Parenting in the Age of Information
The difference between what is subjective and what is ‘right’.
Dr Lydia Yarlott
Dr Lydia Yarlott is a parent and a paediatrician. She co-founded Pando with the aim of improving the lives of clinicians and patients through technology.
As a parent, I know that right from the first time you take your child home from hospital, information comes flying your way thick and fast. It can seem that parents are expected to know a huge amount about their children’s health from day one (how many ounces of milk IS enough? Is this rash normal? When IS my baby “supposed” to start babbling?). And not only that, but to process that information to make sensible decisions (should my child sleep in bed with me? Is it OK to choose NOT to breastfeed?). Not to mention the different vaccines your baby has to get, including the MMR vaccine.
One advantage of the information age is that we can usually find answers to our most pressing parenting questions, but the caveat is that those answers might be conflicting. These days, strongly held views exist on everything from sleep to weaning, potty training to positive parenting, attachment theory to discipline. For us parents, not only must we cope with the onslaught of differing opinions on just about everything, we must somehow make sense of them all and decide who we’re going to listen to and how we’re going to do things.
In theory, diversity is a wonderful thing. Everyone does parenting slightly differently. I love watching my sister’s mothering style – distinct from my own approach, but just as good. She’s done her research and she’s found her niche as a parent; the result is a healthy and happy child.
Why the MMR vaccine is important
Unfortunately, however, not all parenting choices are subjective, and not all decisions have two equally good “right” answers. I sometimes wonder if the onslaught of information we’re bombarded with from everyone from family and friends to social media and online fora, creates the illusion that we must make an individual choice about everything. We’re surrounded by opinion, yet there are some aspects of child health that really are just facts.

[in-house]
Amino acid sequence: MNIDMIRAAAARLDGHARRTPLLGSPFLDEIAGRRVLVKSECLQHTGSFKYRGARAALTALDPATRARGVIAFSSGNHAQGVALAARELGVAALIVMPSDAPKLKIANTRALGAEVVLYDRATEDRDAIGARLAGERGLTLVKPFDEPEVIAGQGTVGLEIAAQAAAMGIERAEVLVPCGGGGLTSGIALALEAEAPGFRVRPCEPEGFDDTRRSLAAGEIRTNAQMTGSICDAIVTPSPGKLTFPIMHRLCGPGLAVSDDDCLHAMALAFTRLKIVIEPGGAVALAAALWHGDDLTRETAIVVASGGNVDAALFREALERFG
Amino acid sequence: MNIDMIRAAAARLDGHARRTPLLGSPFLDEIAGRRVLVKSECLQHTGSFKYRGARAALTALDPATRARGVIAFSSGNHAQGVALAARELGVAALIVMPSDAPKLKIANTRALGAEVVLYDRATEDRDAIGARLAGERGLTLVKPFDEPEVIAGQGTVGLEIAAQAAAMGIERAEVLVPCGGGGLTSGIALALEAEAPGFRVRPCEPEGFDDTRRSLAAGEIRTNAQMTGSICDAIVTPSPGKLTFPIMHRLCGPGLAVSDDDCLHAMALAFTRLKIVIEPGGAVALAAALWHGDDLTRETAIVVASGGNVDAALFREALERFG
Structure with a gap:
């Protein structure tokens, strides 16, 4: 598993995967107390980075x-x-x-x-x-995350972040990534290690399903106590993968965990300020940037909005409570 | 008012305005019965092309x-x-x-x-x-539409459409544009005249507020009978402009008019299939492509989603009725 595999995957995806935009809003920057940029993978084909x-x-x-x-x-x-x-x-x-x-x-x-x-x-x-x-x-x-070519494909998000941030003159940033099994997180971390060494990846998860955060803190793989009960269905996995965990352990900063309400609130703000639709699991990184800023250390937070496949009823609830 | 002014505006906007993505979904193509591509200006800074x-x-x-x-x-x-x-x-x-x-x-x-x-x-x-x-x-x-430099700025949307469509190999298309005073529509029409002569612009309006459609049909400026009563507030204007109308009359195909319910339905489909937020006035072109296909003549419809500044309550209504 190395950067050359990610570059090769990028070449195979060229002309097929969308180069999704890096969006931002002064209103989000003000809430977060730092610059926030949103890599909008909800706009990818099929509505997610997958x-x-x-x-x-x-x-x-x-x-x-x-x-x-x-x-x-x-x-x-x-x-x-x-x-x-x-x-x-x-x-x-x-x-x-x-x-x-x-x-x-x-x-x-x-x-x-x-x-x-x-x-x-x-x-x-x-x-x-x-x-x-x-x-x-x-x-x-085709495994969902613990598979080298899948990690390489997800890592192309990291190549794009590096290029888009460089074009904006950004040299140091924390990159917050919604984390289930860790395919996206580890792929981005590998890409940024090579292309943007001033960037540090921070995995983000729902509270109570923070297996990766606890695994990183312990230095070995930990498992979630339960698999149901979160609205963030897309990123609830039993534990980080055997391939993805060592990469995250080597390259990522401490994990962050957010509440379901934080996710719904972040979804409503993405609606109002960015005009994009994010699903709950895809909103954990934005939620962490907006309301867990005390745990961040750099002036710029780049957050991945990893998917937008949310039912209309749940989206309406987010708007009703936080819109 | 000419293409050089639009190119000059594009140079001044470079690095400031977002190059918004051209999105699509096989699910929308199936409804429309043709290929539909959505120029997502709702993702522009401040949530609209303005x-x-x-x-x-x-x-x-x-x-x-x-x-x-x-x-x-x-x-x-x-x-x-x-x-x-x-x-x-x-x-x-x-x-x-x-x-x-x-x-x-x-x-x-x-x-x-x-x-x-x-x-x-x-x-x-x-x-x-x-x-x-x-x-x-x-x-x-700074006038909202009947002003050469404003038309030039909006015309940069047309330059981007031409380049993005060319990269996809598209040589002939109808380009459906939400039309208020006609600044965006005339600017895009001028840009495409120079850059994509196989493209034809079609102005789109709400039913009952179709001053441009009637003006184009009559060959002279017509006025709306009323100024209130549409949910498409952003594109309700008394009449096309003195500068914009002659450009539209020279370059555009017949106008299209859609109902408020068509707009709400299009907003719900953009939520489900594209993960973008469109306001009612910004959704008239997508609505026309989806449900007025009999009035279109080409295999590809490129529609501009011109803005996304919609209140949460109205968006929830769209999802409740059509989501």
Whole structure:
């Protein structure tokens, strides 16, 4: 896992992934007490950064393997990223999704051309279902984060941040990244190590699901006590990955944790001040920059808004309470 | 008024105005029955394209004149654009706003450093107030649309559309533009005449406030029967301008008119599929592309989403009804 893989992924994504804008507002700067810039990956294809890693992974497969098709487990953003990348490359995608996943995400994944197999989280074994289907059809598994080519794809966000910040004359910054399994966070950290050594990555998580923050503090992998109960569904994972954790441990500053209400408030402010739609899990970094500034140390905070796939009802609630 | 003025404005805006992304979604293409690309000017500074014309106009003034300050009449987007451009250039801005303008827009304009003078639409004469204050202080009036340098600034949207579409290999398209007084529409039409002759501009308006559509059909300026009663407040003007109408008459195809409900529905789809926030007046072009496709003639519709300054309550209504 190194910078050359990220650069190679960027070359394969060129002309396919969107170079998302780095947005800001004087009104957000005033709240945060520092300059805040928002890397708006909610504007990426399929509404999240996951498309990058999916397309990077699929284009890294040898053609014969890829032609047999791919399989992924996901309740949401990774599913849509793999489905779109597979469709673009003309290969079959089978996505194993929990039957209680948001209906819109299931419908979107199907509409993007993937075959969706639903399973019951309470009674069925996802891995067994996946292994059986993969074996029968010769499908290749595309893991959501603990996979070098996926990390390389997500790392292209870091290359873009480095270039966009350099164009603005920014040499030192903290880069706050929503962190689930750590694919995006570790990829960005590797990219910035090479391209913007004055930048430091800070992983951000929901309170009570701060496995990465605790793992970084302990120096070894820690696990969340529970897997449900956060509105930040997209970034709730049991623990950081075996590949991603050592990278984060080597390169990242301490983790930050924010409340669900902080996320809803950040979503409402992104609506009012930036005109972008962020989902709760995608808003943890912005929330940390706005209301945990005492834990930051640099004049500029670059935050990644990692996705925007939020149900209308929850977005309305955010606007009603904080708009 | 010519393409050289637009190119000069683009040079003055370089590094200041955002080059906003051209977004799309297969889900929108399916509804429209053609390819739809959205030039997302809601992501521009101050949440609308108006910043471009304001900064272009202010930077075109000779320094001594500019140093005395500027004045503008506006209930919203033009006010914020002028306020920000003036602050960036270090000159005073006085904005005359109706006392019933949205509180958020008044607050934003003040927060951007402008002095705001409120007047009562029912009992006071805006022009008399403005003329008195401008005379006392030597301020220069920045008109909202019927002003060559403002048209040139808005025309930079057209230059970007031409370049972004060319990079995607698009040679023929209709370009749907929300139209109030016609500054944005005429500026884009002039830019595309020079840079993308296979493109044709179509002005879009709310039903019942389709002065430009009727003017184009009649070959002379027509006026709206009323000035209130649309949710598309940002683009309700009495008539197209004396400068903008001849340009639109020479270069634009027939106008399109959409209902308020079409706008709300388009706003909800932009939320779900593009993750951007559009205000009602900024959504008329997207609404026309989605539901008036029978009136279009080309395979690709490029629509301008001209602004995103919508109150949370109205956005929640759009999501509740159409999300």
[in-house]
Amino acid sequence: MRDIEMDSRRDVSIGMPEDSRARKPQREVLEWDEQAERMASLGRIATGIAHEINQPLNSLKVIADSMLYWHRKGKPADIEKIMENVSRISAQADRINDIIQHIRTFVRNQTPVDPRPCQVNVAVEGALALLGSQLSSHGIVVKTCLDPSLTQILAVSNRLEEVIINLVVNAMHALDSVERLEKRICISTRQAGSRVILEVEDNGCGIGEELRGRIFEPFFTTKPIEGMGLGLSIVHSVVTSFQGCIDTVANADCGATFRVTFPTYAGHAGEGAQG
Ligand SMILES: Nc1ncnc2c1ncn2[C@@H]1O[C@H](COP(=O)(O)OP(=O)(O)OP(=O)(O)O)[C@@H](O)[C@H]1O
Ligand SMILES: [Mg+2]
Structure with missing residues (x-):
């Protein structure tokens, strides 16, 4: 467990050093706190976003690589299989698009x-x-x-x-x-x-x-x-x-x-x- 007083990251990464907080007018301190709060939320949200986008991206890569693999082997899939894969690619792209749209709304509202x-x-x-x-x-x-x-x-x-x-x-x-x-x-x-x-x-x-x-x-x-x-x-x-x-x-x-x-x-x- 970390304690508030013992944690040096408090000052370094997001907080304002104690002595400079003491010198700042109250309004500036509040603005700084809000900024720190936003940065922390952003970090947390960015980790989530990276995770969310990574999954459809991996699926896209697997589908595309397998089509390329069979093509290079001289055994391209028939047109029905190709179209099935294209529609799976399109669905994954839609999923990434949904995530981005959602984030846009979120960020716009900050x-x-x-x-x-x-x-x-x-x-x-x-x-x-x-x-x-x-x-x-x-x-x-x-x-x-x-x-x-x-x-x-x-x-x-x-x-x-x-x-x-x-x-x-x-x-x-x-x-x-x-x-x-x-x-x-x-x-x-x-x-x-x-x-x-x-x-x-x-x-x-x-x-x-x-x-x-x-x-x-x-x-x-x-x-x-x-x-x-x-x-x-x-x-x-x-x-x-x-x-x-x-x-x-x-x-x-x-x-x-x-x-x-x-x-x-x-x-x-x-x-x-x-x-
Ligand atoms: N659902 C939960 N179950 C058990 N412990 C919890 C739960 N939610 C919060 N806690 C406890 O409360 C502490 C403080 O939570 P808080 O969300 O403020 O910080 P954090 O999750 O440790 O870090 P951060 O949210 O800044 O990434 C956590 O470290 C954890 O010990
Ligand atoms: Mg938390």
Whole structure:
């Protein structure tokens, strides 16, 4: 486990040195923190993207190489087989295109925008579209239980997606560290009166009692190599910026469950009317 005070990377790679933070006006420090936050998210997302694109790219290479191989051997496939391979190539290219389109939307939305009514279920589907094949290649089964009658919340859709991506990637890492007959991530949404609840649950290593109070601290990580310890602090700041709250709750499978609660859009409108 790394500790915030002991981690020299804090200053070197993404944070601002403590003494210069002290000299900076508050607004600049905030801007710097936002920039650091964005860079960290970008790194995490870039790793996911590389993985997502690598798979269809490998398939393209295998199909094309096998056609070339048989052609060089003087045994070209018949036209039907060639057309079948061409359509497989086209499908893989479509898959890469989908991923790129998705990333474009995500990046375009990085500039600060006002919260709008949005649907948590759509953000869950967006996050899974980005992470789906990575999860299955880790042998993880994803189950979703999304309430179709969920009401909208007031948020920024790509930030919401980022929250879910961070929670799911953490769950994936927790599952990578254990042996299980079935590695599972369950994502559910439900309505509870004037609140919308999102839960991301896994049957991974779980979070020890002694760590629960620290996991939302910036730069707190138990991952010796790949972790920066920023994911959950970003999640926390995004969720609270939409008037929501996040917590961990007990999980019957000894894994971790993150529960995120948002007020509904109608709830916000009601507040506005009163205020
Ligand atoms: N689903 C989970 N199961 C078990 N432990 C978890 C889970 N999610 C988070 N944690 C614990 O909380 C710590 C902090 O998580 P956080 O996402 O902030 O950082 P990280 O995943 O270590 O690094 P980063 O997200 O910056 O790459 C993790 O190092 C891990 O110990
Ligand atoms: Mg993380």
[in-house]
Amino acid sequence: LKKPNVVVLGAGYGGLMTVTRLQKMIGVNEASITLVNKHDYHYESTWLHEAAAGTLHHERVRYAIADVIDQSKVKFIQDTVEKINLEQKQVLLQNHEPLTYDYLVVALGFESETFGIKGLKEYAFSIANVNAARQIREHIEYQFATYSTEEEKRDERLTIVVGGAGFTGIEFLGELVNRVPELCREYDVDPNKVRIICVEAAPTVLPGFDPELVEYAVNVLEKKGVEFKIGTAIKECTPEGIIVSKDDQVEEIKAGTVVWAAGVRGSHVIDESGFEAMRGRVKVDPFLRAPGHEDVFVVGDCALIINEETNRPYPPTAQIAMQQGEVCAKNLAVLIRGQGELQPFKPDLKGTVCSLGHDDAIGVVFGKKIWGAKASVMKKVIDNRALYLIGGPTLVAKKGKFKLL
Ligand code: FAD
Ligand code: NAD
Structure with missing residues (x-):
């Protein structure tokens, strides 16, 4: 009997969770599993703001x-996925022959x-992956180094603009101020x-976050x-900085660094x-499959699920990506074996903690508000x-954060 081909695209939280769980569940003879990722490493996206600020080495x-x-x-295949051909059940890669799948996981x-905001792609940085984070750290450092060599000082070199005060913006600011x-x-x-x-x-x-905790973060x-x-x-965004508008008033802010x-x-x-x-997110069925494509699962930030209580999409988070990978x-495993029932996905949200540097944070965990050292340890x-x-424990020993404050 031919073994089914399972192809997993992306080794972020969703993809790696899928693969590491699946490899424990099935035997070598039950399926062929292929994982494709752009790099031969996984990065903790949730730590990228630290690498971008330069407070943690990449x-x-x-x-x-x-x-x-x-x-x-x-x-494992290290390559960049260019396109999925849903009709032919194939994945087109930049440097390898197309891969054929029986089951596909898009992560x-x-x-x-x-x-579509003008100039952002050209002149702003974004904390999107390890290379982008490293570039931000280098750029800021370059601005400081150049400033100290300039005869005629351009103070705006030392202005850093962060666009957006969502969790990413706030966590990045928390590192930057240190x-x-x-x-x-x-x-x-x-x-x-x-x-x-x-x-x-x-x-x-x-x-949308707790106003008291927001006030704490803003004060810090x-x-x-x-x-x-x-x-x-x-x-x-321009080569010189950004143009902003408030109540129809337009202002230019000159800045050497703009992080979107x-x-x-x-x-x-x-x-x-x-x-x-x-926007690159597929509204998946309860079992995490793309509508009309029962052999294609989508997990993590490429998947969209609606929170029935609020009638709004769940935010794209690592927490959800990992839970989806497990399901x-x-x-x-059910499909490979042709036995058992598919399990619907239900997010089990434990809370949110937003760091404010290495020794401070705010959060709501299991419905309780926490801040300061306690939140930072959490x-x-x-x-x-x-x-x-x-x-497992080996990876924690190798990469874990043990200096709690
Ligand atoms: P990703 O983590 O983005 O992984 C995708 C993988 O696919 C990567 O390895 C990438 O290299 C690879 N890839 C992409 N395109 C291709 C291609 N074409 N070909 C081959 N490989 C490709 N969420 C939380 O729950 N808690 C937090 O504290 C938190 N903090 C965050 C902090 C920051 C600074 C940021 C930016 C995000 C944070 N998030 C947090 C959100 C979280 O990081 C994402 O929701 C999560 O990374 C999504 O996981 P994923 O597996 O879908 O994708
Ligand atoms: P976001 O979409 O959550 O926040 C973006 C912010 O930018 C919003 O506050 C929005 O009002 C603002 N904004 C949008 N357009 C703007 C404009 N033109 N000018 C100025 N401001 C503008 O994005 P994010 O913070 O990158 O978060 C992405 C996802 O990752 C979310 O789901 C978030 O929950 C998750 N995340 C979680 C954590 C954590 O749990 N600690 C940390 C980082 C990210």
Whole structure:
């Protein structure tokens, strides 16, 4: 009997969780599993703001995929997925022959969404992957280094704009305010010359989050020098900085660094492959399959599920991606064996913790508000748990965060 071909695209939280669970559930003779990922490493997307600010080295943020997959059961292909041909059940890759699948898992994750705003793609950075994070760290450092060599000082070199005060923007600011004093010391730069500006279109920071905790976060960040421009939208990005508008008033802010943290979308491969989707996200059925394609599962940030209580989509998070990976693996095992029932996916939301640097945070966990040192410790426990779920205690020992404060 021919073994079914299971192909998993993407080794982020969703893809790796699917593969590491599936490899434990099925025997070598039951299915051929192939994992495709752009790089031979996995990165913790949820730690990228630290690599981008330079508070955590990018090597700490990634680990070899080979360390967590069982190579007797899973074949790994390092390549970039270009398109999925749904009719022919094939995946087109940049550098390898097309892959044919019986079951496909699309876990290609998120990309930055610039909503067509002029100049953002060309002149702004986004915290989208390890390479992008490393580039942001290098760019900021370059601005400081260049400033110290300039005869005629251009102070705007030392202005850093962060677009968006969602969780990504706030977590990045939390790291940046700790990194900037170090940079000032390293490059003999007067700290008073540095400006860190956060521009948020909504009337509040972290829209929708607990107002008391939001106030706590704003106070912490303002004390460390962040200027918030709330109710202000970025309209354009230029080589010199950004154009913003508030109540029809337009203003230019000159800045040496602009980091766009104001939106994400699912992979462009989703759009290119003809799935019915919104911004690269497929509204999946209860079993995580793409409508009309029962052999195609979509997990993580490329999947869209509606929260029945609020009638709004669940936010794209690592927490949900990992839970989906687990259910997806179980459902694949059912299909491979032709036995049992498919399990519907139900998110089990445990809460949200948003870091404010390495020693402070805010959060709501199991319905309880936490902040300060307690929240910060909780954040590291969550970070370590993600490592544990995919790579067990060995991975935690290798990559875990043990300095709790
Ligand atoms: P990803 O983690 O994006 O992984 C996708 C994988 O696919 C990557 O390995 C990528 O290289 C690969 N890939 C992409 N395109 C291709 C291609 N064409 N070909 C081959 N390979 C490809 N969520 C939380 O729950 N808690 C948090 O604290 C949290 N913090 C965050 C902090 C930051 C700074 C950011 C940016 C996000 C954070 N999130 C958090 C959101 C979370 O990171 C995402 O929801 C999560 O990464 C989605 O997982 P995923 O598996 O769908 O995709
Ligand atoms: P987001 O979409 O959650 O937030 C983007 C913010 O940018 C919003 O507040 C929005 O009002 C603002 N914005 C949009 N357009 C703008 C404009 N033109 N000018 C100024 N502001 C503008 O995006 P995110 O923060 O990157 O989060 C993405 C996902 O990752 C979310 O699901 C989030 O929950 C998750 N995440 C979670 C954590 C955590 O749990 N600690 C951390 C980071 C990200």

Childhood immunisations do fall into this category. I was saddened to see that the uptake of the all important MMR vaccine (measles, mumps and rubella) has dropped significantly, leaving hundreds of thousands of children at risk of catching these preventable diseases. Measles can and does kill, whilst mumps can cause permanent deafness, and rubella can lead to miscarriage and stillbirth in pregnant women. I would be surprised if parents who knew how real the risk of their child catching measles is (95% of the population must be vaccinated in order to prevent outbreaks of measles – rates are currently way below this) the lengthy list of short- and long-term complications (including permanent brain and other organ damage), would settle for refusing a safe vaccine.
I love hearing about parents who are doing things their way, based on the vast array of information out there. It’s great to read about home schooling or debate the pros and cons of baby led weaning, and chances are that if you want to make alternative parenting choices you’ll find the information you need to help you get the best for your child. But it bothers me when opinion is couched as fact, and the opinion that children are best left unvaccinated is wrong. This generation of parents is lucky enough not to remember the days before MMR, but that doesn’t mean we should forget the science, or forget measles’ deadly history. If we do, we might be back there sooner than we bargained for.